(4) aABBccdDEd...  (all are couplets but the line
          length is irregularly 7 and 11 syllables). 

               Canción:  Seven and eleven syllable
	  lines mixed in a set pattern of line length and rhyme
	  scheme repeated for a number of stanzas.  Stanzas may
          have from 9 to 23 verses.  Most commonly used is a
	  thirteen line stanza.  Generally stanzas begin with the
	  pattern AbCAbCc....   The sixth verse is always 11 and
	  the seventh verse always 7 syllables.  The last verse of
 	  each stanza is always an hendecasyllable.  This is the
	  so-called Petrarchan canción.

               Liras:  A special form of canción.   Consonant           
	  rhyme for five lines (the so-called Lira de Fray Luis de León) 
	  or six lines.  aBabB or aBaBcC, abbacC, abABcC, etc.  The last        
	  line must always be hendecasyllabic.

     4.  Miscellaneous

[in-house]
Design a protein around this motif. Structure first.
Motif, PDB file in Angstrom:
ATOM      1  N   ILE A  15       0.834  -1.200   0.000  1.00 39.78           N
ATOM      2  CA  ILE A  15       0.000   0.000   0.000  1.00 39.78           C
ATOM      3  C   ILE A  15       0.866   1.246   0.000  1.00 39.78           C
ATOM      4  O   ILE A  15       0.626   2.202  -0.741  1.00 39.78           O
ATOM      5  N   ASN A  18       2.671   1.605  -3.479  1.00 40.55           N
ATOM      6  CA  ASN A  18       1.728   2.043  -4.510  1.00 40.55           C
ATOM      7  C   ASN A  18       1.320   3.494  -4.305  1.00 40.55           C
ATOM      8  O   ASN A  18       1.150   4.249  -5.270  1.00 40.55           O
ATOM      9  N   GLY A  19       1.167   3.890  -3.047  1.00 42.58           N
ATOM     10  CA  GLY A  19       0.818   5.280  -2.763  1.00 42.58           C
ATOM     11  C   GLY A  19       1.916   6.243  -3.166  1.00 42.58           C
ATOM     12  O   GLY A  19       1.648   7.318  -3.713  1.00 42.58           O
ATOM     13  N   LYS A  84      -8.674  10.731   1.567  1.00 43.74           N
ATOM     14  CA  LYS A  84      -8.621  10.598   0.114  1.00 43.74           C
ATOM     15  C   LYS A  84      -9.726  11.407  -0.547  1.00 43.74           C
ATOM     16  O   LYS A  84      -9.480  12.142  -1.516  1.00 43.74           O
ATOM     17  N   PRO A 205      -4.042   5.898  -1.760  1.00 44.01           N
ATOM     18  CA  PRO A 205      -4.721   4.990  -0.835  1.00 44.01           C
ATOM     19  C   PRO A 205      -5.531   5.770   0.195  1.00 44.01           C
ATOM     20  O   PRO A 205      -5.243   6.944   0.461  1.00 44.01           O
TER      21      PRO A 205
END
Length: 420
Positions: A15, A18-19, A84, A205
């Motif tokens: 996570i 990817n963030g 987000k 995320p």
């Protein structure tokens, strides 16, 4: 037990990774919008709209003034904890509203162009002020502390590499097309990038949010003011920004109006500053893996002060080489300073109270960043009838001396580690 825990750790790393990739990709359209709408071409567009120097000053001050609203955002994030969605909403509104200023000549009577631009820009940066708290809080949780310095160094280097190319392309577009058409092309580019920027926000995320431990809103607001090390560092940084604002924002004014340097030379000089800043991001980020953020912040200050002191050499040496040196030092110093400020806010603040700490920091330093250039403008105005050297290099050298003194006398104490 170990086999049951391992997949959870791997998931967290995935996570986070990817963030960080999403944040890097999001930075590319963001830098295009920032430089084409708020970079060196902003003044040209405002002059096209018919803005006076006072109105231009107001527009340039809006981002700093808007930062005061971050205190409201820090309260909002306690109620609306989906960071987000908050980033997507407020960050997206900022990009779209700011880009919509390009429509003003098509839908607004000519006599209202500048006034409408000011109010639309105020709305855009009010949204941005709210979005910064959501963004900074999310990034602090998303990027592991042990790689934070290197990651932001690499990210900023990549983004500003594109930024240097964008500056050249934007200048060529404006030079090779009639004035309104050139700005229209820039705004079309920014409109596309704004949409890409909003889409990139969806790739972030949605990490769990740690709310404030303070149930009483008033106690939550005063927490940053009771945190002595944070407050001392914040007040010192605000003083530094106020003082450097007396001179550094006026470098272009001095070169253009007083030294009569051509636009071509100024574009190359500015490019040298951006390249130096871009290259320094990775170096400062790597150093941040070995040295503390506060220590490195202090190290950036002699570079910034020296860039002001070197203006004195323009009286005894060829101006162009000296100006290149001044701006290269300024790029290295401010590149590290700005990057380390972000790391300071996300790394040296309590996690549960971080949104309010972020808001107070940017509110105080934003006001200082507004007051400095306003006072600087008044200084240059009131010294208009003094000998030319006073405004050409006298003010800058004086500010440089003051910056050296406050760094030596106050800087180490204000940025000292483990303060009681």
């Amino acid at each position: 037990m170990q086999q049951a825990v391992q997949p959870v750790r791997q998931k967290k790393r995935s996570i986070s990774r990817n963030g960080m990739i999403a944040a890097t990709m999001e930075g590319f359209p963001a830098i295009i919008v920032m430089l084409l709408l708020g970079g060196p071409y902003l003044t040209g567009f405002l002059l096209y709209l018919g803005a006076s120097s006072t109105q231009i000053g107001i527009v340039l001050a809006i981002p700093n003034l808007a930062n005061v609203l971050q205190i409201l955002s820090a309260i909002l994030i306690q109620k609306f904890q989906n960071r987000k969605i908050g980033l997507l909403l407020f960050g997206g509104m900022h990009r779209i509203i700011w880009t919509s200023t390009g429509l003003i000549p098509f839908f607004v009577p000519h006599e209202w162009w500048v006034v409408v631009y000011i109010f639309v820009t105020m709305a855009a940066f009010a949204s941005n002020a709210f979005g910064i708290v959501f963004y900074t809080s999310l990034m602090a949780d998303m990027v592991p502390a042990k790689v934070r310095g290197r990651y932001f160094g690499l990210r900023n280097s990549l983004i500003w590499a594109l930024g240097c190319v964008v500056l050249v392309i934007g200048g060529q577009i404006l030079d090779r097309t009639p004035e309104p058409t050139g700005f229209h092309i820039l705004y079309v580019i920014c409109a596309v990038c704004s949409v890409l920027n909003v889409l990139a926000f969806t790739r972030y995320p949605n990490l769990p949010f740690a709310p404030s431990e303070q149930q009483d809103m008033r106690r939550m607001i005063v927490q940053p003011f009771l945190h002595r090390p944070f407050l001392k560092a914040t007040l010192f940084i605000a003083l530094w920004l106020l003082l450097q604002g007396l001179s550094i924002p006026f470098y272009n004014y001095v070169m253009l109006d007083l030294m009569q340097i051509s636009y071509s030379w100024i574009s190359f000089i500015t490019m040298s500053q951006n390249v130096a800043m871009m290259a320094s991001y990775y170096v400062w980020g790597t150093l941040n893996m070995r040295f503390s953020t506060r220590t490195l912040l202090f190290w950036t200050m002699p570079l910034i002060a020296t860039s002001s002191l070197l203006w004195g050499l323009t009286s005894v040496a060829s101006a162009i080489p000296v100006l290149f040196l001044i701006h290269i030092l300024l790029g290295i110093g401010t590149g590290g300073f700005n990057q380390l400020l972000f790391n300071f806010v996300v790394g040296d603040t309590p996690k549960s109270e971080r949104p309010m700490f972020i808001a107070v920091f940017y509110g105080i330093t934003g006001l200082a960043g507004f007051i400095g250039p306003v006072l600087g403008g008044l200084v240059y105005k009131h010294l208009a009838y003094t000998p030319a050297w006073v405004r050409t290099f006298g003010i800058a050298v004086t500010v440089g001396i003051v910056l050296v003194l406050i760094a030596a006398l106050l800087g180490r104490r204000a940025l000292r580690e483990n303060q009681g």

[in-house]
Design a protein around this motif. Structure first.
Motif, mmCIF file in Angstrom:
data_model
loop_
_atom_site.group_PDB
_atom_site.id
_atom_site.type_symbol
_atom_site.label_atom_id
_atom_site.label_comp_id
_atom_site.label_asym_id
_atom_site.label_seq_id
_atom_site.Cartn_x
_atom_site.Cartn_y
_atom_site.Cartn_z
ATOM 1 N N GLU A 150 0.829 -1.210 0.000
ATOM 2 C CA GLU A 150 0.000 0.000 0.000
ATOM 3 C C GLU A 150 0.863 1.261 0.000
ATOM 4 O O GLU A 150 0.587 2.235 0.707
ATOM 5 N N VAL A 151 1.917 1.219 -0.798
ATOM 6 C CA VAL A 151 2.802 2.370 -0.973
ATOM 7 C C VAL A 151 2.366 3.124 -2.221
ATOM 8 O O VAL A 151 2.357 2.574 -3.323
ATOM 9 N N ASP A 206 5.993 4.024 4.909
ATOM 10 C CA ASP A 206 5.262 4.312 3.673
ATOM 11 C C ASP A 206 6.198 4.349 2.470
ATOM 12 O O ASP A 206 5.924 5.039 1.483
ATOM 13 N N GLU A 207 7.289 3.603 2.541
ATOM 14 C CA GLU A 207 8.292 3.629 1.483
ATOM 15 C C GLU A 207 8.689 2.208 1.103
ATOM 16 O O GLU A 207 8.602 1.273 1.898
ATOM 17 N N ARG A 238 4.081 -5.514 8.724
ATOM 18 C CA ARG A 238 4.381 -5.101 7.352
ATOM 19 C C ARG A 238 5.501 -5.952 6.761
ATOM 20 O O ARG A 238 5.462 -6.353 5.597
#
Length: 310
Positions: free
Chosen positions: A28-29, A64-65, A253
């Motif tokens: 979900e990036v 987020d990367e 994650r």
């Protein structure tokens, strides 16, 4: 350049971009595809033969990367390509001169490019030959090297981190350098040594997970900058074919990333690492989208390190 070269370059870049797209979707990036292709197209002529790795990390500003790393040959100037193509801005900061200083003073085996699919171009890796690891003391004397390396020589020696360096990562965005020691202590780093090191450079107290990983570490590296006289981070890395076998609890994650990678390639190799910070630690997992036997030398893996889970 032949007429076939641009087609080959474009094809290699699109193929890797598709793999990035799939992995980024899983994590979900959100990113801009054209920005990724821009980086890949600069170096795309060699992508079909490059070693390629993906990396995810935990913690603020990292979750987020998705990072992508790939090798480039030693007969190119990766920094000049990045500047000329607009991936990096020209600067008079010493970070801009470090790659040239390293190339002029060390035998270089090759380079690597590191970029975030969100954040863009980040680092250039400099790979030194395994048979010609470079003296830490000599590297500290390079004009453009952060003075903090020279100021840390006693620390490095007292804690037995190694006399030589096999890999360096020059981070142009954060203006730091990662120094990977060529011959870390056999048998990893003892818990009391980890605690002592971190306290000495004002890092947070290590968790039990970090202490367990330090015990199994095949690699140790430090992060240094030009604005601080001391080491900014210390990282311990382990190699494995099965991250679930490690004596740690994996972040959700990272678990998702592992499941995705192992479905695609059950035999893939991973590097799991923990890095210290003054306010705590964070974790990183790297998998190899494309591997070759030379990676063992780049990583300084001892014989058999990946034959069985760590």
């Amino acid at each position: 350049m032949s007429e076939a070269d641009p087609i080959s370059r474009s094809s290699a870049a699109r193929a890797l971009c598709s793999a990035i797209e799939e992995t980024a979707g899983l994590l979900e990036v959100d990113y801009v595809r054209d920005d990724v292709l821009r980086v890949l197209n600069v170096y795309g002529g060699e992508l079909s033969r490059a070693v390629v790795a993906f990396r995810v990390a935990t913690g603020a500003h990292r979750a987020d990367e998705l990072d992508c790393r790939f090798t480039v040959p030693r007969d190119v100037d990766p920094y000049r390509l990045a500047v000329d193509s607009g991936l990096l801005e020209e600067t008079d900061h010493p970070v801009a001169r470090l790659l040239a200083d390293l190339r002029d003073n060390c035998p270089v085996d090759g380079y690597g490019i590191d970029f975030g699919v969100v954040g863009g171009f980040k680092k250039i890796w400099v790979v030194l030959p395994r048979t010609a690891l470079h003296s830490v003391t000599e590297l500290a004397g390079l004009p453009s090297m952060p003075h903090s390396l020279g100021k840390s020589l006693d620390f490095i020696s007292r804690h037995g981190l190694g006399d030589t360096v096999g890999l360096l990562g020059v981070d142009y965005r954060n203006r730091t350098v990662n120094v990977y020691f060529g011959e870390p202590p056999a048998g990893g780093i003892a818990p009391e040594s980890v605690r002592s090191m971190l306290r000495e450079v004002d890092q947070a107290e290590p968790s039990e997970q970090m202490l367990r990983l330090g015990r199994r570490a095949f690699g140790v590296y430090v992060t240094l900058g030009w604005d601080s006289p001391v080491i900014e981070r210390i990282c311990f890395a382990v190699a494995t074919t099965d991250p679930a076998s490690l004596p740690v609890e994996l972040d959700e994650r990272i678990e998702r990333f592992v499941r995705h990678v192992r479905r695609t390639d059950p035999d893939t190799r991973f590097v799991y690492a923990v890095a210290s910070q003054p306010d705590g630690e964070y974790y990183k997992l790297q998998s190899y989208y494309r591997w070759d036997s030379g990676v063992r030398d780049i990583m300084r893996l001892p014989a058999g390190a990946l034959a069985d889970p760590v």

Endechas:  Stanzas of 6 or 7 syllable
          verses that rhyme in assonance.
               Seguidillas:  mixture of 7 and 5 syllable lines,
         assonant rhyme.

               Letrilla:  a Spanish verse (octosyllabic) form
          with a repeated estribillo.

               Villancico:  Octosyllabic verse form with
	  estribillo, usually on religious theme.

               Madrigal:  A short poem on a light topic, that
	  develops a single conceit, usually using mixed 7 and 11 syllable verses.

               Pie Quebrado:  Octosyllabic verses in which one or
          more lines of each stanza is a verso quebrado, that is, 
	    a verse that has been shortened, generally to four syllables.  The 
	    stanzas typically repeat the same pattern of rhyme and verse length.

Texto electrónico por Vern G. Williamsen y J T Abraham
Formateo adicional por Matthew D. Stroud

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Association for Hispanic Classical Theater, Inc.

Most recent update: 10 Jun 2002